Tiramisu is an Italian desert that almost begs to be eaten; in fact the word tiramisu is Italian for pick me up. It is said that the dish was first created in honour of Cosimo III, the Grand Duke of Tuscany, during the seventeenth century, which is a little snippet of information to entertain your guests.
You will need a medium sized tub (about 500g) of double cream, a small tub (around 250g) of mascarpone cheese; a packet of sponge fingers; about 5 tablespoons of golden castor sugar; two teaspoonfuls of cocoa powder; a bar (about 25 g) of dark chocolate (around 70%);a cup of strong coffee (filtered or instant, though filtered is best); and a glass of Marsala (you can just buy a miniature bottle if you wish).
1) Blend together the Marsala, the cream, the mascarpone, and the sugar.
2) Dip half the sponge fingers in the coffee so that they are coated but not too much; you don’t want them to go soggy. After you have dipped each one place it in a shallow dish to form a single layer.
3) Spoon over about half of the blended ingredients.
4) Using a coarse grater, grate about three quarters of the chocolate evenly over the top.
5) Dip the rest of the sponge fingers in the coffee and use these to build a second layer.
6) Spoon the remainder of the blended ingredients over the top, and leave the dish in the fridge until just before you want to serve it.
7) Remove from the fridge, dust with the cocoa powder, grate the rest of the chocolate on top, and serve.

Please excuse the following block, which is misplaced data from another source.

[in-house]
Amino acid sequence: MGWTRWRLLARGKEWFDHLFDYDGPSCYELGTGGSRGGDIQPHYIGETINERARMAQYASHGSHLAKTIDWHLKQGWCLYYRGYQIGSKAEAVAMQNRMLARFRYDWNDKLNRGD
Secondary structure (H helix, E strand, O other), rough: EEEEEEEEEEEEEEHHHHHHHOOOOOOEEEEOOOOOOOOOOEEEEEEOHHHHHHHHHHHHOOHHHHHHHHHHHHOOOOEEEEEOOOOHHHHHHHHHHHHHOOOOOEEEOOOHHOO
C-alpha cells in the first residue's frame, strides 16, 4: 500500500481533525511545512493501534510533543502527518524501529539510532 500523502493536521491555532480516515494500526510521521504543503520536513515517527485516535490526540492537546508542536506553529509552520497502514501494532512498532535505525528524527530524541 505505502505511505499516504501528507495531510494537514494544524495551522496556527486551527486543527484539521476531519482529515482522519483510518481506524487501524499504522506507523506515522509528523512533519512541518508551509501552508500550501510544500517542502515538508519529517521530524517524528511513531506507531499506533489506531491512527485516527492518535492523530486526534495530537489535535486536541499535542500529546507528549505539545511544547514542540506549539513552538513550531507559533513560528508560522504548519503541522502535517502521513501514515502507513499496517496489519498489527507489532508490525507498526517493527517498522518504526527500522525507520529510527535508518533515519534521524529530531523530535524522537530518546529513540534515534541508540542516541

Apple and Vanilla Tart
Apple tarts and apple pies are nearly as old as the hills. The oldest known apple tart recipe “Tartys in Applis” dates back to the fourteenth century, though our recipe is a more modern take on this traditional desert.
The secret of an excellent apple tart lies in the apples that you use. You don’t want apples that are two sweet or those that become mushy when cooked. You need an apple that remains firm and keeps its favour, which should be slightly tart. Tastes vary, but some of the best are Arthur Turner; Blenheim Orange; Bramley Seedling; Charles Ross; Grenadier; along with the more common Elstar; Coxs and Russets
You will need: 5 large apples of one of the varieties listed above; a packet of puff pastry (alternatively you could make your own, but nowadays pre-made pastry is excellent), a squozen lemon, about 25 g of butter diced; a tablespoon of caster sugar, a teaspoon of vanilla extract; three tablespoons of apricot conserve.
1) Roll the pastry out and trim into a circle with a diameter of about 35 cm and place it on a baking tray lined with greaseproof paper
2) Core the apples and peel them then slice them thinly. Put them in a bowl and toss them in the lemon juice
3) Spread the apples over the pastry leaving a rim of around 2 cm which should be turned up
4) Sprinkle the top with the diced butter, sprinkle with the vanilla, and finaly with the caster sugar.
5) Bake in a pre-heated oven at 220 C (fan 200 C) for about 20 minutes.
6) Serve with vanilla ice cream, double or clotted cream or crème fraîche totally scrumptious.